Barry Trubridge of PwC Guest Lectures in Change Management

Barry Trubridge of PwC Guest Lectures in Change Management

The latest leader to partner with AIB to enrich our MBA with practical, up-to-date insights is Barry Trubridge, senior Director in PwC’s management consulting practice.

Barry has over 20 years of experience in the financial sector. He spent several years as a General Manager for ANZ before moving to London in 2011 for senior roles at the Royal Bank of Scotland. He has been a senior Director at PwC since March 2015.

Barry completed a degree in economics and a Masters in Behavioural Economics which gave him insight into how organisations make decisions in the commercial world. He’s applied that insight to his career, starting out in consulting to gain experience in various industries. Barry also holds an MBA, which he completed while working full time at ANZ, so he’s no stranger to the work-life balance struggle.

Moving to ANZ from consulting allowed him to see change management from the other side. “In consulting, you’re often brought in when a problem’s been understood, and you’re often leaving before the impact has actually fully played out. In industry, you get to see both sides of it, and that’s where my experience in embedding change in organisations really came through,” he shares.

Barry’s expertise spans consumer banking and wealth channel transformation, and he consistently delivers sustainable change in large distributed workforces. It’s the latter skill that he’s sharing with our students as an Industry Guest Lecturer in change management.

Leadership in change management

When planning and strategising change initiatives, Barry believes that it’s critical to align them to the purpose and the vision of the organisation. He explains, “Connecting the change to an overarching reason or question is absolutely critical.” So that people understand the boundaries in which they are making decisions, Barry notes that having an understanding of why the change needs to occur is also really important.

Leadership’s attitude can make or break a change, and Barry says that the biggest impact on change comes from the engagement of the immediate line manager. If that line manager is supporting the change and enabling their staff to use the toolkits that are available, it has a higher likelihood of success than if they’re undermining the change.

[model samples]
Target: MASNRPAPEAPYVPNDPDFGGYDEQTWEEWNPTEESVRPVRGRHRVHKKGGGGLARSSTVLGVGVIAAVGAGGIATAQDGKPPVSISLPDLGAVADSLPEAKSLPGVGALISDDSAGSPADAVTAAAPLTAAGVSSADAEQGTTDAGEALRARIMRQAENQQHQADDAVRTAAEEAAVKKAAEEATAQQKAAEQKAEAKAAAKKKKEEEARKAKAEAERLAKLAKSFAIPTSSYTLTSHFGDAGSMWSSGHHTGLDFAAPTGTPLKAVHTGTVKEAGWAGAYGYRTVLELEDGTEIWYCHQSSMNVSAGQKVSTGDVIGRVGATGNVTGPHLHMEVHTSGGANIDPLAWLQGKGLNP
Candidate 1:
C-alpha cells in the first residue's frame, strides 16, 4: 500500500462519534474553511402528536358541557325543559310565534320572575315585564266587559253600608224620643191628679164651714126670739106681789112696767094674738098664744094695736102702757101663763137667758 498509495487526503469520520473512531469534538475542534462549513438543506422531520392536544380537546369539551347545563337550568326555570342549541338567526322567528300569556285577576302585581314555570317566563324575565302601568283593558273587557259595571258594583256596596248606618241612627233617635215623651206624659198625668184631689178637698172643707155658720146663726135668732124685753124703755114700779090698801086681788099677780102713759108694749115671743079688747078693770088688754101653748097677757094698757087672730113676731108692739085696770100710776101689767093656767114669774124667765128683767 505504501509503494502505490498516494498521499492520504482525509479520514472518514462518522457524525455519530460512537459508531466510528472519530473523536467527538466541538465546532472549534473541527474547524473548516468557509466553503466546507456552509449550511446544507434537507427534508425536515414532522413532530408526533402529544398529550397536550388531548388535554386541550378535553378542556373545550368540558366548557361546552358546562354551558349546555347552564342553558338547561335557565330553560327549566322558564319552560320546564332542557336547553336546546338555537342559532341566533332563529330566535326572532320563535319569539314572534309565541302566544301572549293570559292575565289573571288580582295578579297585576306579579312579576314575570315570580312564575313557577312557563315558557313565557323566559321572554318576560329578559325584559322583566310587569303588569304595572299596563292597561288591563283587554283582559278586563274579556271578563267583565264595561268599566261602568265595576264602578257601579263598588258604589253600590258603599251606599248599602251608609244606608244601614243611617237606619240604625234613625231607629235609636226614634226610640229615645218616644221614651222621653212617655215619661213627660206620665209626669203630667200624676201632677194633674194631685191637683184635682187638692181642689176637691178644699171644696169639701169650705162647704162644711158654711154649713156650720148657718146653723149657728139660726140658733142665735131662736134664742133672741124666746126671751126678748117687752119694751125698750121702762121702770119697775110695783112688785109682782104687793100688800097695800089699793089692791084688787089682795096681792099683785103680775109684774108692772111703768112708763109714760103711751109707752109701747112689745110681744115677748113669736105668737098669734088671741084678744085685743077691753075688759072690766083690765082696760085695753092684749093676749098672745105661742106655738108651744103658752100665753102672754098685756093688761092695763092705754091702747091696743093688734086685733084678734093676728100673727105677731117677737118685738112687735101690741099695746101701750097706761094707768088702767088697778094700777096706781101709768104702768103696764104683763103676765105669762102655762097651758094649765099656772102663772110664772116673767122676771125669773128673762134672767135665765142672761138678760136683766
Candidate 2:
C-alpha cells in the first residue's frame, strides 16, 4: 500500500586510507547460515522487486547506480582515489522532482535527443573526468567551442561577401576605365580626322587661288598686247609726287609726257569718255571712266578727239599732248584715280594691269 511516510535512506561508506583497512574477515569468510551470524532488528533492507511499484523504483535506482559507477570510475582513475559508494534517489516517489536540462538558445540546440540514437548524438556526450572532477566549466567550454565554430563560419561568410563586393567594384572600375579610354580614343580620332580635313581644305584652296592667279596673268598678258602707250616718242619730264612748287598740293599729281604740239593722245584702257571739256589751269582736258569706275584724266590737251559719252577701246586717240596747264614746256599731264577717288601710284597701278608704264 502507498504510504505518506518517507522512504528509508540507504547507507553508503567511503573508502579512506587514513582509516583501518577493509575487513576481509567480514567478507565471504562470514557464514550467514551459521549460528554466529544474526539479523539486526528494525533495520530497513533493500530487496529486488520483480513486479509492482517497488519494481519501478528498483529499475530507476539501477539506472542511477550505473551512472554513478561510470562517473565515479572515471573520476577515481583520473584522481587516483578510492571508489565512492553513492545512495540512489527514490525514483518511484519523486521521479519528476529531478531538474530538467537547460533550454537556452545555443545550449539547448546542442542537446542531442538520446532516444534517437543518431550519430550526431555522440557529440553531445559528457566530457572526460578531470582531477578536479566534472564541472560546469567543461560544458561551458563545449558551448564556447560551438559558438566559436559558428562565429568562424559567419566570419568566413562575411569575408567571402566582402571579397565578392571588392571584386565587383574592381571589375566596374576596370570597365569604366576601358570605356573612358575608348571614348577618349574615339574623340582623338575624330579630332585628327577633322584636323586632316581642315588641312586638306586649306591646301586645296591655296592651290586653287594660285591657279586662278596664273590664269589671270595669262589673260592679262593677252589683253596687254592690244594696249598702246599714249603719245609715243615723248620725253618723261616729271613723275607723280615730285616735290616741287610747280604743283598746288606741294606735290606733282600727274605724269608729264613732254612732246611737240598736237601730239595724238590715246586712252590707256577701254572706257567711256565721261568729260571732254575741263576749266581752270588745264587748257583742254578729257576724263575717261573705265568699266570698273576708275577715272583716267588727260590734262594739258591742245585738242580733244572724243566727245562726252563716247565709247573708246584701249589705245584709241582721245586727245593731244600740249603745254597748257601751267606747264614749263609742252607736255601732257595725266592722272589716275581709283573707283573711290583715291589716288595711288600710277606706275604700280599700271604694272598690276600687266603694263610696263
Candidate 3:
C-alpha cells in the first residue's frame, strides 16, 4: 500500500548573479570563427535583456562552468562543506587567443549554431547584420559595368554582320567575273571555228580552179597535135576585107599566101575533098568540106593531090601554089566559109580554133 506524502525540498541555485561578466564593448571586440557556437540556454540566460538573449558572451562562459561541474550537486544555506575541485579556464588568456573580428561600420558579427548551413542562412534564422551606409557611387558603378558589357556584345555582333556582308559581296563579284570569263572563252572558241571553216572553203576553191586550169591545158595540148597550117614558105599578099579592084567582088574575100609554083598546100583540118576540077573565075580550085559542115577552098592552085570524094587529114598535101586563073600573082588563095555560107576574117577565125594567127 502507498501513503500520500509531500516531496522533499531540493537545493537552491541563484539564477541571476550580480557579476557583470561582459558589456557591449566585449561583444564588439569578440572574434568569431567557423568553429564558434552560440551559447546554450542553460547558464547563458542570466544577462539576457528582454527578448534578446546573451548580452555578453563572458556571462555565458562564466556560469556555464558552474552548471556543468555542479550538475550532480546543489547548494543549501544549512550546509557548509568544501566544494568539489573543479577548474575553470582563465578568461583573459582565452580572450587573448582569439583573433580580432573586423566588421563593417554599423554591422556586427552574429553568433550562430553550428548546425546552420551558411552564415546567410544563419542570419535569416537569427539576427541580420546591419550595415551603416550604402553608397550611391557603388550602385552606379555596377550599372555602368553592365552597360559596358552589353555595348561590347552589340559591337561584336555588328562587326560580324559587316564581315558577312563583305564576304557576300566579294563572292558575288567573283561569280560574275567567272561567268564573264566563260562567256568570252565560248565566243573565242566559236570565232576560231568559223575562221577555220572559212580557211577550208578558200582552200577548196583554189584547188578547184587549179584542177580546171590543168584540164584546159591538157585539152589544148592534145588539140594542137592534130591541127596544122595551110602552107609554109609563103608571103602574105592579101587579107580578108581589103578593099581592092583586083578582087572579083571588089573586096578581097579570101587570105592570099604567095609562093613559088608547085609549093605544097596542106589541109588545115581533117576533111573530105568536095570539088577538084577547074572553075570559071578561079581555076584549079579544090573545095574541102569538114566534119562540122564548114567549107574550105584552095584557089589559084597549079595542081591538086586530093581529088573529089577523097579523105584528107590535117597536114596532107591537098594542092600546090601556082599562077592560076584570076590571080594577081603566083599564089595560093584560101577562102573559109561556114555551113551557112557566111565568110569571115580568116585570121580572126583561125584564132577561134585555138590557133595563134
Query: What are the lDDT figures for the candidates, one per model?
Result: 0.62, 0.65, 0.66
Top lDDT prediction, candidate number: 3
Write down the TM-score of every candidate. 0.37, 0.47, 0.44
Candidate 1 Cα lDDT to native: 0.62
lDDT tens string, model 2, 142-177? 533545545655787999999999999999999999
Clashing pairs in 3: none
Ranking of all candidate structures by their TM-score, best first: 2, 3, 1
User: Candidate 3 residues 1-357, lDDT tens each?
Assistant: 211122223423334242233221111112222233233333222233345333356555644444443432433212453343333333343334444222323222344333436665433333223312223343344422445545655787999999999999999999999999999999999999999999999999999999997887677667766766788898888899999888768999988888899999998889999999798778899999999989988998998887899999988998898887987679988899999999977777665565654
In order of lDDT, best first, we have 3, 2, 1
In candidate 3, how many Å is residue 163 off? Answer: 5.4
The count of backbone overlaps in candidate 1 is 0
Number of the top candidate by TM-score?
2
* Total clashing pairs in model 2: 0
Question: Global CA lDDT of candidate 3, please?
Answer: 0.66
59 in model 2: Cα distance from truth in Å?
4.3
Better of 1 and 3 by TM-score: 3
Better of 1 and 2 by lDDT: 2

Barry regards the role of the leader in managing change as three-fold. The first is the ability to understand the motivations of their staff. “I don’t think you can bring change upon a team without understanding what motivates them and what their hopes and aspirations are,” he says. The second is the ability to understand the commercial importance of the change, including its expected outcome and overall goal. Finally, leadership comes back to communication with both team members and peers. “The best changes I’ve seen that have been embedded are when people are willing to share their experiences with their peer group when they’re leading a change, so they feel that they’re not alone,” Barry explains.

The future of work

With the Fourth Industrial Revolution well on its way, Barry is optimistic about the future of work. The ability to manage people through change has never been more important, but he believes that it’s all to positive effect.

With reference to the banking industry, Barry explained, “In the future of work, what I think is most interesting is this democratisation of knowledge. What technology is doing is it’s informing customers on what works well for them. That means that the capability of the banker has to grow faster than the capabilities of the technology. So, bankers need to be better at listening, better at building rapport, better at empathy, and better at integrating solutions where the customer hasn’t been able to do that themselves.”

Barry’s experience offers our students some invaluable insights, and we’re thrilled to have him on board as our newest Industry Guest Lecturer. Welcome, Barry!

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